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Setup for an easy to use, simple reverse http tunnels with nginx and ssh. It's that simple there's no authentication at all. The end result, a single ssh command invocation gives you a public url for your web app hosted on your laptop.

What

A lot of times you are developing a web application on your own laptop or home computer and would like to demo it to the public. Most of those times you are behind a router/firewall and you don't have a public IP address. Instead of configuring routers (often not possible), this solution gives you a public URL that's reverse tunnelled via ssh to your laptop.

Because of the relaxation of the sshd setup, it's best used on a dedicated virtual machine just for this (an Amazon micro instance for example).

Requirements

Server side:

  • a server with a public ip (1.2.3.4 in this document)
  • a domain name (domain.tld in this document)
  • a wildcard dns entry in the domain pointing to the public ip (*.ie.mk. 1800 IN A 1.2.3.4)
  • nginx
  • sshd

Client side:

  • ssh client (even plink would work on Windows)

Nginx config

A wildcard dns should point to this nginx instance. Every www<port>.domain.tld will be proxied to 127.0.0.1:<port>

Where <port> needs to be 4 or 5 digits.

server {
  server_name   "~^www(?<port>\d{4,5})\.domain\.tld$";

  location / {
    proxy_pass        http://127.0.0.1:$port;
    proxy_set_header  X-Real-IP  $remote_addr;
    proxy_set_header  Host $host;
  }
}

SSH configuration

A sshd configuration to allow a user with no password and a forced command, so that the user can't get shell access.

Match User tunnel
  # ChrootDirectory
  ForceCommand /bin/echo do-not-send-commands
  AllowTcpForwarding yes
  PasswordAuthentication yes
  PermitEmptyPasswords yes

PAM needs to be disabled if sshd is to allow login without a password. That's not always possible, is not even smart. Another approach would be a separate instance of sshd, on a different port, just for the tunnel user.

Make a copy of the config file, change/add these settings:

UsePAM no
AllowUsers tunnel
Port 722

And then run sshd -f /etc/ssh/sshd_config_tunnel.

The tunnel user has an empty password field in /etc/shaddow.

tunnel::15726:0:99999:7:::

Client

Just connect with:

ssh -N -T 1.2.3.4 -l tunnel -R 0:localhost:5050 -p 722

ssh will respond with a Allocated port 56889 for remote forward to localhost:5050 message. Then you can use www56889.domain.tld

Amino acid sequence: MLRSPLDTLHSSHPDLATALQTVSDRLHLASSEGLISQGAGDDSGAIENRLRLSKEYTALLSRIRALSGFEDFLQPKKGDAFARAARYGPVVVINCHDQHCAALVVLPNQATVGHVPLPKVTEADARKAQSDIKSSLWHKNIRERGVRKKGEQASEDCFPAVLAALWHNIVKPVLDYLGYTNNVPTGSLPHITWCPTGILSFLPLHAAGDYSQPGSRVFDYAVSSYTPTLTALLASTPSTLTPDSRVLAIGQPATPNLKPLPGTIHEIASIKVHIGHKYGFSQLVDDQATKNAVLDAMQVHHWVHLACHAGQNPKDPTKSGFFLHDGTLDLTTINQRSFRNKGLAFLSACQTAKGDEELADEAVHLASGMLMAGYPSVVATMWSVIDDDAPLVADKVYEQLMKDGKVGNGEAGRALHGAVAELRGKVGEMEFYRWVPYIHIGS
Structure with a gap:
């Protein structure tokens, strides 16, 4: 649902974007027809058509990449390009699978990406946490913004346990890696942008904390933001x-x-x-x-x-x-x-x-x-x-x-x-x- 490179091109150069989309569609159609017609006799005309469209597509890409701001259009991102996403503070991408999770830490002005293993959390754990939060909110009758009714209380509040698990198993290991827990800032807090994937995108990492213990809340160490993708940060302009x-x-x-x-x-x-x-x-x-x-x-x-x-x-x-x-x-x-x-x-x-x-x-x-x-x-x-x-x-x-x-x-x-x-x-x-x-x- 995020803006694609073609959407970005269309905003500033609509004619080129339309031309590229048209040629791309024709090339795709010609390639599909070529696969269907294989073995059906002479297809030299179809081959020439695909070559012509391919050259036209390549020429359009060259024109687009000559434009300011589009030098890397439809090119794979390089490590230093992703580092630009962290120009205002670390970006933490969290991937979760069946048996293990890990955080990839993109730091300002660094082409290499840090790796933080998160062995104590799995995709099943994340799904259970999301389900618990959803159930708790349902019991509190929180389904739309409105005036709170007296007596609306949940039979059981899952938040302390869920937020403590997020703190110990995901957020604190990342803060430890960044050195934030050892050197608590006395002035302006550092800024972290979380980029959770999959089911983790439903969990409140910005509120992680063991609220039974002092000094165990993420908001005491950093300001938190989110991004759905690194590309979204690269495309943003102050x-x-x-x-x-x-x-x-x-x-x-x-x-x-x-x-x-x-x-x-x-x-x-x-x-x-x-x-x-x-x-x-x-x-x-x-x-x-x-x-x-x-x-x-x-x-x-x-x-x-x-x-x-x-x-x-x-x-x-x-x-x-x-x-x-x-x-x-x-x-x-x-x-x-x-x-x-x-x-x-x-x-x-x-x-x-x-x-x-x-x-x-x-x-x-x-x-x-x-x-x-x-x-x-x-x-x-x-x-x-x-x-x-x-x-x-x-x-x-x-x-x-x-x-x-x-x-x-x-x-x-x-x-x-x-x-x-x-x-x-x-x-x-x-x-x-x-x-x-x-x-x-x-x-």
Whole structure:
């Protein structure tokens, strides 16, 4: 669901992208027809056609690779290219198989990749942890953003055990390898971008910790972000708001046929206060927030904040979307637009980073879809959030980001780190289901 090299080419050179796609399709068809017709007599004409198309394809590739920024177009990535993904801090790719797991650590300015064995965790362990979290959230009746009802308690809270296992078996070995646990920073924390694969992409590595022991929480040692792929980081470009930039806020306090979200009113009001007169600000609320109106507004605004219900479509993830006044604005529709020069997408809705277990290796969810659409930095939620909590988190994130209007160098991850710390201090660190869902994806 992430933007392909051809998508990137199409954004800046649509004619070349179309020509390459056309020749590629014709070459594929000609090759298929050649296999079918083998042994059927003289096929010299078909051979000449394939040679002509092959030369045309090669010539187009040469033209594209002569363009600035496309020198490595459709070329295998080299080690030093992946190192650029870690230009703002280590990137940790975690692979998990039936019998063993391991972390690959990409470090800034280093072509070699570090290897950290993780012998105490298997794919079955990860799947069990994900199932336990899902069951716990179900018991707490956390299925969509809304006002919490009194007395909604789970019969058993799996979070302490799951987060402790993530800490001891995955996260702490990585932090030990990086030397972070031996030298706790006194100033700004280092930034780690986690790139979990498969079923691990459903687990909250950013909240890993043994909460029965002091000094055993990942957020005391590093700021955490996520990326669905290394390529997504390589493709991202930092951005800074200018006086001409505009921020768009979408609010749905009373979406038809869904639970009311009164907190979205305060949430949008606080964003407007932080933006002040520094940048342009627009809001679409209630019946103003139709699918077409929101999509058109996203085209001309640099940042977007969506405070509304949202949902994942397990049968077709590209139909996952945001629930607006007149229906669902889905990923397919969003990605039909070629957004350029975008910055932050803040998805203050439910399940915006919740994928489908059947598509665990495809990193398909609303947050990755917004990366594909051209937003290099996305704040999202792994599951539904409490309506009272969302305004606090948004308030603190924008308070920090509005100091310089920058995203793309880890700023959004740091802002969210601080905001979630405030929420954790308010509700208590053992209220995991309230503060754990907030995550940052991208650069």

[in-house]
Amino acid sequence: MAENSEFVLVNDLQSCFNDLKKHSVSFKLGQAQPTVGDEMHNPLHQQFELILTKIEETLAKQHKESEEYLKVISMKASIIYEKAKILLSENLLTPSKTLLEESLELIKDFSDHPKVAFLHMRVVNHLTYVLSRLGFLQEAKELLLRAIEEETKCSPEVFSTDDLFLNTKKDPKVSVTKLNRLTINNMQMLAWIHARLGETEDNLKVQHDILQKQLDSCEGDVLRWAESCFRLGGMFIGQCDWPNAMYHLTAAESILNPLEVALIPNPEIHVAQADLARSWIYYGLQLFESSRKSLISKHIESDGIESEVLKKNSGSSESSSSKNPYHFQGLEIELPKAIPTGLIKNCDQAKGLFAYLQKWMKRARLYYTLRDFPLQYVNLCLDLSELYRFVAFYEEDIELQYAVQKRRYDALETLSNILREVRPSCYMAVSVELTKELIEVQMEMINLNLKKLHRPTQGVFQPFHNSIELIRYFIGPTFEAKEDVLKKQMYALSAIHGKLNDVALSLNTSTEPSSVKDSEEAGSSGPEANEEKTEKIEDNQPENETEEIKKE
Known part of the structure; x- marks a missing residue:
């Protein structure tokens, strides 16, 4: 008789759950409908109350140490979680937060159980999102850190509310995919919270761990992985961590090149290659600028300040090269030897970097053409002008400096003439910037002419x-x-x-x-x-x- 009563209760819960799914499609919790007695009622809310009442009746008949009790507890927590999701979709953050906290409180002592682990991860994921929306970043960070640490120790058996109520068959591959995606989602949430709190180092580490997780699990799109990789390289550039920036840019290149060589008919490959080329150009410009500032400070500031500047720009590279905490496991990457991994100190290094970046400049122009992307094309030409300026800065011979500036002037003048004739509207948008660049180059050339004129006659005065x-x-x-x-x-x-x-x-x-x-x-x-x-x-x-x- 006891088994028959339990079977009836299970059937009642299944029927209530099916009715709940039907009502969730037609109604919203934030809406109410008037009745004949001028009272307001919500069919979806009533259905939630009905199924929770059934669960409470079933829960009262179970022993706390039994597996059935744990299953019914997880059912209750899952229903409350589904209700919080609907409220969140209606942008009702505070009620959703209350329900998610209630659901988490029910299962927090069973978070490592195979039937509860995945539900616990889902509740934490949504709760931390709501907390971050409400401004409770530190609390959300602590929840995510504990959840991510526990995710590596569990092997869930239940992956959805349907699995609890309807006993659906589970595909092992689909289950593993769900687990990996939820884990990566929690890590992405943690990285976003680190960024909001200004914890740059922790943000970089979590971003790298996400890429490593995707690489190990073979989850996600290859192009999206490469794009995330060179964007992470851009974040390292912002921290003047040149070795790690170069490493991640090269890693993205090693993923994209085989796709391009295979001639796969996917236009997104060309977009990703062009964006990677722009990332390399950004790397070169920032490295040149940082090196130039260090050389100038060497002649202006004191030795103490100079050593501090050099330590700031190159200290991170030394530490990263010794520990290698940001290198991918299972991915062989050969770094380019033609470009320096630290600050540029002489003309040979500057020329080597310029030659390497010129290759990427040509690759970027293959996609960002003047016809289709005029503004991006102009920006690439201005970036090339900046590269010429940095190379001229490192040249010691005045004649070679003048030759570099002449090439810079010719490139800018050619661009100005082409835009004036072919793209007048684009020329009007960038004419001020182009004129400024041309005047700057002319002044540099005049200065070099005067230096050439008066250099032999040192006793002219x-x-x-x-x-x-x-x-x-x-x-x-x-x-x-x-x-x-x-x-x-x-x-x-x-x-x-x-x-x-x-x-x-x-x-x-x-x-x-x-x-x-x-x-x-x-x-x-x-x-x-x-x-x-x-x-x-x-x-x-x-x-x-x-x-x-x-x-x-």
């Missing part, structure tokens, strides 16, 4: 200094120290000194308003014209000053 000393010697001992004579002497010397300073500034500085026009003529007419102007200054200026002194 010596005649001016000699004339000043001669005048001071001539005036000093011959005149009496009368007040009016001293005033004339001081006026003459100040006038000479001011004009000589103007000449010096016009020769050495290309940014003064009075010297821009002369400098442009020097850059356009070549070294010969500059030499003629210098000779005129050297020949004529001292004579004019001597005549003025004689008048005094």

TODO

Test ChrootDirectory in sshd

#! /bin/sh
local_port=$1
ssh_server=1.2.3.4
ssh_user=tunnel
ssh_port=722
url_tmpl=http://www\\1.domain.tld/
exec 3>&1
eval ssh -N -T $ssh_server -l $ssh_user -R 0:localhost:$local_port -p $ssh_port 2>&1 1>&3 \
| sed 's|^Allocated port \([[:digit:]]\+\) for remote forward to|Your url is '$url_tmpl' will be forwarded to|'
@marcellmars

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commented Jan 21, 2013

brillitant. my dear yoda.

@andineck

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commented Apr 17, 2014

thx a lot! you rock!

@gkop

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commented Mar 13, 2015

I found this to work great on Linux, but had difficulty with the sed command on OSX. I decided to switch to perl since it is more standard across *nix systems:

#! /bin/sh

local_port=$1
ssh_server=1.2.3.4
ssh_user=tunnel
ssh_port=722
url_tmpl=http://www\$1.domain.tld/

exec 3>&1
eval ssh -N -T $ssh_server -l $ssh_user -R 0:localhost:$local_port -p $ssh_port 2>&1 1>&3 \
    | perl -pe "s#Allocated port (\d+) for remote forward to ([^\s]+)#Success! \$2 is now being forwarded to $url_tmpl#"
@ilanni2460

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commented Aug 18, 2015

very good

@gkop

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commented Dec 3, 2015

Folks, be aware the above nginx config may be unnecessarily loose with regard to the ports it forwards, depending on your environment. For example sshd will dynamically allocate a free ephemeral port in Linux on the range 32768 to 61000 and in some other environments on the IANA recommended range 49152 to 65535. Therefore in such environments it is unnecessary and imprudent to match ports 0-99999 (eg. 00022 gives you port 22) with \d{4,5}. A quick and better match for Linux is on [3-6]\d{4}. Unfortunately regex doesn't provide a convenient way to lock the match down precisely to the desired range.

@dejlek

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commented Dec 7, 2015

Hell, this is exactly what I was looking for! Thanks man!

@simkimsia

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commented Dec 6, 2016

I don't quite get this.

So imagine we have 3 machines:

  1. your laptop at home running the web application (let's call this L)
  2. a server with a public ip address and domain which is basically acting as a middleman of some sorts (let's call this M for middleman)
  3. a client machine which is trying to access your web application hosted on a laptop at home using its browser (let's call this C)

So SSH Config and Nginx Config are on the M machine?

no config or any steps needed on the L machine?

@kenichi-shibata

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commented Mar 29, 2017

Or you can use ngrok

@gboddin

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commented Jun 16, 2017

Brilliant, thanks !

@askz

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commented Jul 31, 2017

Or you can use http://serveo.net/
DISCLAIMER:
I'm not the official developper but I loved the idea, simpler and more out-of-the-box than ngrok! No setup required, just your ssh client.
The plus is the request & response analyzer/replayer ! Give it a go ;)

@shahnwazsheikh00

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commented Oct 20, 2018

its very good techniques

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